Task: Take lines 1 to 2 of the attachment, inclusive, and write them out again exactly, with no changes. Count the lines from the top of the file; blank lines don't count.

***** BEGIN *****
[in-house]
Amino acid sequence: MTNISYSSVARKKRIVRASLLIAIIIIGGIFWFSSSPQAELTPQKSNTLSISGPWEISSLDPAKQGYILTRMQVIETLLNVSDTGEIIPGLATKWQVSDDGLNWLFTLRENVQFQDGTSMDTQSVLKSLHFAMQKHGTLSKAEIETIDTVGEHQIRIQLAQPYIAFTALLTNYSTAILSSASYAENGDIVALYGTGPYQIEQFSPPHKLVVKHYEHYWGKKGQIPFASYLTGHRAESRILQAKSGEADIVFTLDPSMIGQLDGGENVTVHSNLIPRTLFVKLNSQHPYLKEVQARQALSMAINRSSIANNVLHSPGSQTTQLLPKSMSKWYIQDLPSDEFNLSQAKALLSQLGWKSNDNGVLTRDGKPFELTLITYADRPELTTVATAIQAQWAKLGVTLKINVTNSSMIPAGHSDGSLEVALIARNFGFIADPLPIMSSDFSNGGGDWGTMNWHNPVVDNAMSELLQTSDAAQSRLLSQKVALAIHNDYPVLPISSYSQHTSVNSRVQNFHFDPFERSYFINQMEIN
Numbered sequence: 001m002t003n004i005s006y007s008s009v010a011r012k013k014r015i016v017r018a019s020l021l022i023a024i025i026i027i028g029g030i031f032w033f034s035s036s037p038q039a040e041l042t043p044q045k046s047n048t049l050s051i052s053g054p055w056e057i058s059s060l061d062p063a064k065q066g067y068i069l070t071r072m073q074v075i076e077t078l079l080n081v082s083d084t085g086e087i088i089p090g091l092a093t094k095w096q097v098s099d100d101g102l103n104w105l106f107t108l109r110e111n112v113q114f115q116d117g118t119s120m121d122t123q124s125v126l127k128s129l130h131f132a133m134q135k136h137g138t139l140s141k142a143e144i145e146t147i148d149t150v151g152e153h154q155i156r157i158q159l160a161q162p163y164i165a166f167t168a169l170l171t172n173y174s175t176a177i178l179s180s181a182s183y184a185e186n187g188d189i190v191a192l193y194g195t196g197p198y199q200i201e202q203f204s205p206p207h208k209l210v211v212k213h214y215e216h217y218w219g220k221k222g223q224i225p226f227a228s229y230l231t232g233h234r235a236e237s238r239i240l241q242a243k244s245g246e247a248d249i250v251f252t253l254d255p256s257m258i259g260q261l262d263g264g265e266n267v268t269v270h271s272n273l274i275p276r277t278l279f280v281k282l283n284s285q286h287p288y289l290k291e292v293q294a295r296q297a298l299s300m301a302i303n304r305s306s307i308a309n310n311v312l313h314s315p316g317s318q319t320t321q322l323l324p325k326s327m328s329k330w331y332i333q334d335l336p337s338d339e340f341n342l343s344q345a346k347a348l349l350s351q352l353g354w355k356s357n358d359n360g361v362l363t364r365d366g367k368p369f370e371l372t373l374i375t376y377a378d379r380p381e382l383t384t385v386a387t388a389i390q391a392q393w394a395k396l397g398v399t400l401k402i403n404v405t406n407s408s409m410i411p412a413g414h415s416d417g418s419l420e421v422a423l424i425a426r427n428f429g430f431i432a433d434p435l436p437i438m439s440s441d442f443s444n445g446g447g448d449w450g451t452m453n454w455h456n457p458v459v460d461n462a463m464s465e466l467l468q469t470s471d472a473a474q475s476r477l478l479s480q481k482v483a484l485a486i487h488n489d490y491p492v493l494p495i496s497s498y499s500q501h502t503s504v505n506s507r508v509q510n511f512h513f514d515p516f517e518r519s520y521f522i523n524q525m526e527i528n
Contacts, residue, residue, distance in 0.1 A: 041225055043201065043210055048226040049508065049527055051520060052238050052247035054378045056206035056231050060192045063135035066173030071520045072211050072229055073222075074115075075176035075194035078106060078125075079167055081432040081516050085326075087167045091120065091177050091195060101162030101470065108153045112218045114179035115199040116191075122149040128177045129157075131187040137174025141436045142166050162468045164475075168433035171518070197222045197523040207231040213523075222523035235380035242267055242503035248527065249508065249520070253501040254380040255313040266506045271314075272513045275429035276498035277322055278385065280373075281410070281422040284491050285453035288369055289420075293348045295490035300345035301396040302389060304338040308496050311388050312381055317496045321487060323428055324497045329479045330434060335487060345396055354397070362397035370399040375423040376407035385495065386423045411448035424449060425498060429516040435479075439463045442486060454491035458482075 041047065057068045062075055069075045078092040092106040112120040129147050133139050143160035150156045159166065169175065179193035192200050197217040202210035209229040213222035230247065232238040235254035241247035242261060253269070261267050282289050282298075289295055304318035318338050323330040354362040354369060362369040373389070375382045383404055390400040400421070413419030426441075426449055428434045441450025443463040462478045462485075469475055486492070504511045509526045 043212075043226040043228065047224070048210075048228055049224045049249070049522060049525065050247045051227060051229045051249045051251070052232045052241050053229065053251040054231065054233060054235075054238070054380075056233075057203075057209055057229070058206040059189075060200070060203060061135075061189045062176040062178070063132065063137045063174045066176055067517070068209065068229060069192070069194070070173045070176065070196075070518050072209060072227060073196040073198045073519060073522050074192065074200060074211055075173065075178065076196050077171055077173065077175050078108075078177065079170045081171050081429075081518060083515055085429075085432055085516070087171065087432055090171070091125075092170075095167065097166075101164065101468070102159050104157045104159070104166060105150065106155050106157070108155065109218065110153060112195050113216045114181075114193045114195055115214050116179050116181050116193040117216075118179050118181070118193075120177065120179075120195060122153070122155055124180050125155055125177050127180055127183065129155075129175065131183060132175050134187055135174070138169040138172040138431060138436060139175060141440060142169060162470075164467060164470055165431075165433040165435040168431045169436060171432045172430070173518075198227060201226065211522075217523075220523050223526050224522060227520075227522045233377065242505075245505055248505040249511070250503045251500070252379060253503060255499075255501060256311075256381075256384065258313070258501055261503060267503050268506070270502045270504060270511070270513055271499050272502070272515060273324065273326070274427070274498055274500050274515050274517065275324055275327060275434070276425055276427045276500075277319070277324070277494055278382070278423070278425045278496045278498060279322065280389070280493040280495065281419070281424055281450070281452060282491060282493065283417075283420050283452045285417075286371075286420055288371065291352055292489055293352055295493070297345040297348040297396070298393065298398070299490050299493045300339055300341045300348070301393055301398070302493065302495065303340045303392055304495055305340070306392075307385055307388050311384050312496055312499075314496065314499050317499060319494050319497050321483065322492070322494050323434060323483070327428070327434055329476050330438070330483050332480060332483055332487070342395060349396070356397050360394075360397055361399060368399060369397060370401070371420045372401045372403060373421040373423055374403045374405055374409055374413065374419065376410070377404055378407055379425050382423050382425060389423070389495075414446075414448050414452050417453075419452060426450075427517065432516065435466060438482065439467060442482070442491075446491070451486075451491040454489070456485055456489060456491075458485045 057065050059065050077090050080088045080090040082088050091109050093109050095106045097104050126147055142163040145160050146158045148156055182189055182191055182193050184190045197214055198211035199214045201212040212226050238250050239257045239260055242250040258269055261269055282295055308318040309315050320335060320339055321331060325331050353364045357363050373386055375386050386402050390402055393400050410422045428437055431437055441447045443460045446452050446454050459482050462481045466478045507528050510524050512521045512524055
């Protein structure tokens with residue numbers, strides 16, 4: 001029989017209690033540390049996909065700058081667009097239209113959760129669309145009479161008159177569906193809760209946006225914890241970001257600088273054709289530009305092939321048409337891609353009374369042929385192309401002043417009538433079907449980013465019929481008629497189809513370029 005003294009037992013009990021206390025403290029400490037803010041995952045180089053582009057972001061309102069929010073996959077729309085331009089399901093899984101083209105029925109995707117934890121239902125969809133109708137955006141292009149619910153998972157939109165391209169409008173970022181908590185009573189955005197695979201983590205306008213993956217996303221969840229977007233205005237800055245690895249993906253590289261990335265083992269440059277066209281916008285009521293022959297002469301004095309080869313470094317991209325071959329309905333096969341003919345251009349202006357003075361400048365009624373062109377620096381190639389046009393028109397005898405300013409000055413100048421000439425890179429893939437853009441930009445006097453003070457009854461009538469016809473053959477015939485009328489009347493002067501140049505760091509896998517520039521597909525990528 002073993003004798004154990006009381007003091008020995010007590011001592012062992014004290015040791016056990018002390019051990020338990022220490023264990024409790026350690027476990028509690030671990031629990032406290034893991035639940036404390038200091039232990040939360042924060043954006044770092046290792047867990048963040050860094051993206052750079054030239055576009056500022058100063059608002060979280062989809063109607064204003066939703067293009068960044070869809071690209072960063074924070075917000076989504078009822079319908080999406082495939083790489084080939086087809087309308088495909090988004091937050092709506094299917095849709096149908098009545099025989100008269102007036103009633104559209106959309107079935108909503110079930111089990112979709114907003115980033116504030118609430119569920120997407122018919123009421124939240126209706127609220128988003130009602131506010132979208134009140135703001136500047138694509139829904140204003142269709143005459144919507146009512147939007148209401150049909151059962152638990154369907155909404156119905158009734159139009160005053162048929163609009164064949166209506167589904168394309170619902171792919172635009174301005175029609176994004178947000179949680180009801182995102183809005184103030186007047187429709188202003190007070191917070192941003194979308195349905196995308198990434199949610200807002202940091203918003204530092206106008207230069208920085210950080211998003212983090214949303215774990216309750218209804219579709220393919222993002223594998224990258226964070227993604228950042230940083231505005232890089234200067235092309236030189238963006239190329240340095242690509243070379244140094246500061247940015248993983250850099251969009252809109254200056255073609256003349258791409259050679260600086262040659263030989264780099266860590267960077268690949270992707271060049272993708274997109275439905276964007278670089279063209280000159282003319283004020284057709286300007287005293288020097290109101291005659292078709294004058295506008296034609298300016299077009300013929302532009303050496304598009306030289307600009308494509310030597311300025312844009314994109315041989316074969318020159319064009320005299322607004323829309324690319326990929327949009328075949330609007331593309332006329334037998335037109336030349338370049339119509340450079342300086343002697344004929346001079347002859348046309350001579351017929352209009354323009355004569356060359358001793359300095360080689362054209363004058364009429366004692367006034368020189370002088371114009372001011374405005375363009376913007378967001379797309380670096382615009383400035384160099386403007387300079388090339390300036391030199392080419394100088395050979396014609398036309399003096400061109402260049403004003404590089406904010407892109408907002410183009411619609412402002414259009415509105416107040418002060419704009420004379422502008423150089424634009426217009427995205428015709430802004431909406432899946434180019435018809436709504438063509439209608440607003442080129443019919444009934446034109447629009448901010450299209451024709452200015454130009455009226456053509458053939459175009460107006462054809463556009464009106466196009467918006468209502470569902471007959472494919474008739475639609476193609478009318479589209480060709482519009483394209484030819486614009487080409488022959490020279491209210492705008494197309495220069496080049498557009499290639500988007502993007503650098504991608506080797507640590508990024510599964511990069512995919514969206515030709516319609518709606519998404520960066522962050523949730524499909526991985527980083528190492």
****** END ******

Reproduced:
[in-house]
Amino acid sequence: MTNISYSSVARKKRIVRASLLIAIIIIGGIFWFSSSPQAELTPQKSNTLSISGPWEISSLDPAKQGYILTRMQVIETLLNVSDTGEIIPGLATKWQVSDDGLNWLFTLRENVQFQDGTSMDTQSVLKSLHFAMQKHGTLSKAEIETIDTVGEHQIRIQLAQPYIAFTALLTNYSTAILSSASYAENGDIVALYGTGPYQIEQFSPPHKLVVKHYEHYWGKKGQIPFASYLTGHRAESRILQAKSGEADIVFTLDPSMIGQLDGGENVTVHSNLIPRTLFVKLNSQHPYLKEVQARQALSMAINRSSIANNVLHSPGSQTTQLLPKSMSKWYIQDLPSDEFNLSQAKALLSQLGWKSNDNGVLTRDGKPFELTLITYADRPELTTVATAIQAQWAKLGVTLKINVTNSSMIPAGHSDGSLEVALIARNFGFIADPLPIMSSDFSNGGGDWGTMNWHNPVVDNAMSELLQTSDAAQSRLLSQKVALAIHNDYPVLPISSYSQHTSVNSRVQNFHFDPFERSYFINQMEIN